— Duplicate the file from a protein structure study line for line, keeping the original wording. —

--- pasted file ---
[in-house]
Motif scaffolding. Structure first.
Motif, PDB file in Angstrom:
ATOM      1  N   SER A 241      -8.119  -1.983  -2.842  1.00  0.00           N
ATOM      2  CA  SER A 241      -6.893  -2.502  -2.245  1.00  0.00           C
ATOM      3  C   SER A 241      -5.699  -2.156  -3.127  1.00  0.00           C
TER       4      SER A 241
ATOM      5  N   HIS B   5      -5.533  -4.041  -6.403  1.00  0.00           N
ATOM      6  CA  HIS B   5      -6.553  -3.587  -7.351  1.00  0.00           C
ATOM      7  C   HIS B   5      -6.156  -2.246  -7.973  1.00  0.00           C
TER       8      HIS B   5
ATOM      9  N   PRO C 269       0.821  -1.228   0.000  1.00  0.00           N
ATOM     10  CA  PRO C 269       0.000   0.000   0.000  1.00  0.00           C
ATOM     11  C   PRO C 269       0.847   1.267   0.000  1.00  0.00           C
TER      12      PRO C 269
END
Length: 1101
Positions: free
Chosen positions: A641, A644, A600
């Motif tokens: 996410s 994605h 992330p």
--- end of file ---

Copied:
[in-house]
Motif scaffolding. Structure first.
Motif, PDB file in Angstrom:
ATOM      1  N   SER A 241      -8.119  -1.983  -2.842  1.00  0.00           N
ATOM      2  CA  SER A 241      -6.893  -2.502  -2.245  1.00  0.00           C
ATOM      3  C   SER A 241      -5.699  -2.156  -3.127  1.00  0.00           C
TER       4      SER A 241
ATOM      5  N   HIS B   5      -5.533  -4.041  -6.403  1.00  0.00           N
ATOM      6  CA  HIS B   5      -6.553  -3.587  -7.351  1.00  0.00           C
ATOM      7  C   HIS B   5      -6.156  -2.246  -7.973  1.00  0.00           C
TER       8      HIS B   5
ATOM      9  N   PRO C 269       0.821  -1.228   0.000  1.00  0.00           N
ATOM     10  CA  PRO C 269       0.000   0.000   0.000  1.00  0.00           C
ATOM     11  C   PRO C 269       0.847   1.267   0.000  1.00  0.00           C
TER      12      PRO C 269
END
Length: 1101
Positions: free
Chosen positions: A641, A644, A600
């Motif tokens: 996410s 994605h 992330p």